In my opinion ther word 'Negroes' is the language of the American Civil War and not 21st century British politics – and I felt chilled and angry to hear it.

It left me with the feeling that BNP should stand for 'Beyond Normal Politics' and on a night when genuine political debate should have been the winner the presence of this party turned the whole thing into something of a circus.


Wednesday, 20 May 2009

My application for role as Speaker

Dear Gordon,

I would like to apply for the position of Speaker as I understand the role is soon to be vacated.

First of all forgive me if I have sent this to the wrong person but I know you are the ‘top banana’ in these things and having seen your winning smile on You Tube recently I sense you are a kind man who will treat my application seriously.

I think honesty is the best policy – particularly in the light of what many of your naughty colleagues have been up to! – so let me say straight away that I don’t actually fully understand what the Speaker does.

I suspect (to be even more honest) that hardly anyone in the country really does know what this odd job is all about but in recent days everyone seems to have been talking about the role with great gravity as if it is the cornerstone of world civilisation.

That sort of ‘kudos’ sounds good to me and can’t harm the old CV, hence this application. (And hey, the perks don’t seem bad either!).

I was also further encouraged to apply when I heard on that programme where Jeremy Paxman just sneers at everyone (and boy has he been going into sneering overdrive of late!) someone say that The Speaker is the third most important person in the country after The Queen and The Prime Minister.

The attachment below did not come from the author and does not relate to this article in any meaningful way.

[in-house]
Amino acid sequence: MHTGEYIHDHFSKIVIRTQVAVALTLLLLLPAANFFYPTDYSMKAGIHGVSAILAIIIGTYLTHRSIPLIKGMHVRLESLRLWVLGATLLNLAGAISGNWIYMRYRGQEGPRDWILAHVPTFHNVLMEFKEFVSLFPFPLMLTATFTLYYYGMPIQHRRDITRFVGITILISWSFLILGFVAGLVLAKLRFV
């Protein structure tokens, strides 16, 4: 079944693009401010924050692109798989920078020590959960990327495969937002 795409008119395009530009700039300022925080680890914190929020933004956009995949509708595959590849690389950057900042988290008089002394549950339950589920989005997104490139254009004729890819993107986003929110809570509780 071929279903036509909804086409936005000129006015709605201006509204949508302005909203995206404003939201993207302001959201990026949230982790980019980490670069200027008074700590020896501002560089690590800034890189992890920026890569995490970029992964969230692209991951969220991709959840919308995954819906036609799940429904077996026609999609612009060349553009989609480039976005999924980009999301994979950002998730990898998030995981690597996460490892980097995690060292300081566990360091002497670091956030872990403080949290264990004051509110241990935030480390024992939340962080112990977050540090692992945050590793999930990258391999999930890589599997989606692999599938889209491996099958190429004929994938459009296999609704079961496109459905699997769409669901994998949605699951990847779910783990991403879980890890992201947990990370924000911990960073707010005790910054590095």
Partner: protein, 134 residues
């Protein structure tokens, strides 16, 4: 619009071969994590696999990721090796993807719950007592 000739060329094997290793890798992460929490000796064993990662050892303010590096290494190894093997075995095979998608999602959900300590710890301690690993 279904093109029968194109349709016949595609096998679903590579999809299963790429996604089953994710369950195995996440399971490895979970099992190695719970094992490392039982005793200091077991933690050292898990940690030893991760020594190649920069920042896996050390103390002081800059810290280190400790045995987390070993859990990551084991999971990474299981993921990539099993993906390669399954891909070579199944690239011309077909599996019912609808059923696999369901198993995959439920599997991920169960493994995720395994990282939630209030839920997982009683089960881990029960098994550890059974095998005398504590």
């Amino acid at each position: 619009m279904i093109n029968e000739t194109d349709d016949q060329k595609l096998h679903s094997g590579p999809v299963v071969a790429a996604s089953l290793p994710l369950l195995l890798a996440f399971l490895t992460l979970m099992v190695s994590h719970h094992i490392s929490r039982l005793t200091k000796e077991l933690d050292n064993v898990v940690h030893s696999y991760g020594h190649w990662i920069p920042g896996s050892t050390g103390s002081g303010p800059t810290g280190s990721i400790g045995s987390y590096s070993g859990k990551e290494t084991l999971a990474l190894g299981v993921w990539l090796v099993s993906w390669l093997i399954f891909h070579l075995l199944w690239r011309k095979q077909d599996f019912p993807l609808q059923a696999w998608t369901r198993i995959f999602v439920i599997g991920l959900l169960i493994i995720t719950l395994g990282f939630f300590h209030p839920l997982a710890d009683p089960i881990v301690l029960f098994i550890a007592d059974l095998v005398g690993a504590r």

Now, I know that is a bit ridiculous – had this guy never heard of David Beckham, Simon Cowell, Peggy Mitchell, Katie Price or Susan Boyle I wondered? – but nevertheless I feel as I am unlikely to become a monarch or indeed the PM any time soon this may be the perfect chance for me to finally hit the ‘big time.’

Clearly I am not an MP which may (in itself) be considered a bit of a disadvantage but I do sort of like politics (I have every one of the West Wing DVDs and I love The Thick Of It) and I am sure I can say ‘order, order’ and act statesmanlike as well as the next man (particularly if the ‘next’ man is called Michael Martin!)

I can’t deny I would also like a crack at a bit of power to get over some of my personal concerns.

For example, if we can get a man to the moon and create peace in Northern Ireland how hard can it be to give Bath Rugby an extra 15 per cent of space in our city centre? And I would also like the chance to persuade you and every other MP that not everyone in Bath actually lives in the Royal Crescent and so yes, we do need Government investment in our schools and health service as well thank you.

But, fear not, I won’t be parochial and I will take an interest in the whole country – yes, even Bristol.

I will also make sure that unlike the last bloke I really will crack down on MPs’ expenses.

I will, for example, ban MPs from having moats wider than the sort children put around sandcastles, I make sure that the only horse manure MPs can use is what they have personally collected themselves from nearby farms (local manure for local people I say!) and I will also ban Hazel Blears.

Above all I can be fair (well, sometimes), impartial (apart from at sporting events) and I am sure I will look very good in black gowns.

Mr Brown, I know this is a tough time for you (I have to keep replaying that You Tube video to remind me what it was like when you actually even smiled) but I believe by making me Speaker you can remove one big obstacle from your life. You can then return to dealing with issues that are obviously easier for you like, err, the economy.